hia loyalty to Hitler and the Nasi
P*rt/' (InttfMttiODtlJ BCjeifUM.
Mr. and Mrs. Lawrence McKln-
Icy of Orange and Mrs Ollan Sut-
ton and children of Vinton, La,
left this morning for Dallas to
vistt Mrs, McKinley's nephew.
Lieutenant - Cojonei Frank C.
Merrill arid family. "Before re-
turning they wi(t visit Mrs. Mc-
Kinley's nleoe, Mrs. Carl Raschkc
in Oklahoma City, Okla.
MrK Harvey Hargis underwent
an appendectomy at the Frances
Ann Lutrher hospital on Thurs-
day of last week and Is td remain
in the hospital during the next
New York. (AP) — When a
robber said to Shirley Davis, 21,
"This ,s a stickup. Drop your
purse," he picked the wrong girl.
She retaliated with a kick In
York univer- klepeck gave the hospital $25 and
V .. ' .•
refused the change.
lion birds in the united Sutes.
■/*>!; ':'h ■ '.■
Tom Wilbiii Cappeil, age 3, son
ol Mr. and M;s Torn C. Cappel
of Port Arthur, was drowned late
Friday when si srriall boat was
sunk at Indian Lake near Hart-
Sue Fieri C.ipjKi, ap<> 4 and
Joe Be'h C'ltppcl. aj;e ii'id Shui-
le.v Frank Meadnwr,, eikdit noiiths
old, were rescued''by It.' K Bar-
row and M's:< Cathryti Barrow
who also occupied the boat,
The Infant and Miss Barrow
were brought -+ -0range in a
/Hanscom funeral home ambulance
Friday nip tit and were p v«n
treatment at a local hospital, Miss
Barrow was credited with ^ho
rescue of most ot the group.
The party had crossed ihu wa- i'tVangeiy^'abotit a lawn.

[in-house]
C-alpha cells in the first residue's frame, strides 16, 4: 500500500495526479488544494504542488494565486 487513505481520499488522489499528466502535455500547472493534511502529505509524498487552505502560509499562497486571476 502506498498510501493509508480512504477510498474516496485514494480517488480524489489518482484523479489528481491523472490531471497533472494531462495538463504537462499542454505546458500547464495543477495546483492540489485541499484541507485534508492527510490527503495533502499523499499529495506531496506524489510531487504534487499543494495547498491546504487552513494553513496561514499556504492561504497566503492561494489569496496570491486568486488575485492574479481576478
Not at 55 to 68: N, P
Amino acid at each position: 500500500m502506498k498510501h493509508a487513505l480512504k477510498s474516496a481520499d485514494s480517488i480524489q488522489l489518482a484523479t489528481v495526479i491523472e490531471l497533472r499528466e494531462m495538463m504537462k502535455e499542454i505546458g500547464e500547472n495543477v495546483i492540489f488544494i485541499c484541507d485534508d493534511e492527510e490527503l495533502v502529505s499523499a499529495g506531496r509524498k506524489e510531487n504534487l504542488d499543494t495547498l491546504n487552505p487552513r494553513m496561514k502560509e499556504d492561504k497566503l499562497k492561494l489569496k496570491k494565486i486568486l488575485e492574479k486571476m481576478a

ter to a sand bajr for the children They found four
to swim bnd was returning when ln- Boross the area
the boat started leaking. neu on han<j8 an<|
Thr b'fy had not bccn the polleo war* doing the sama,/.7'f®
recovered Saturday morning. But tiny ilsver did find
- ■ ' Ot th*
1iM i' i|i n4 "II
Chicago. (AP) - Golfers who
have little luck In searching tor
balls could look with sympathy
upon Joseph Wolff, who need*
2,000 used pellets if he's to
tinue In business as operator of
a driving range. ,. hk,,
Thieves, who may or may
W interested in pvacUcfog their
game, took his supply. ,•>
. THE BUNT .' wr-
Seattle. (AP) —■ Two policemen
hurried but to inveitlgata 4 report
that fodr man were rolling
l ln the dwk".
Of all commercial commodities though oyer 20 billion tons of
the shins and traded punches un- sold, bitumirous coal bt cheaper bituminous
til police responded to her than all of them except the lowest in the
priced sand and gt*vel.
iifci ' '
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The Orange Leader (Orange, Tex.), Vol. 31, No. 184, Ed. 1 Sunday, August 6, 1944, newspaper, August 6, 1944; (texashistory.unt.edu/ark:/67531/metapth221330/m1/1/: accessed June 29, 2017), University of North Texas Libraries, The Portal to Texas History, texashistory.unt.edu; crediting Lamar State College – Orange.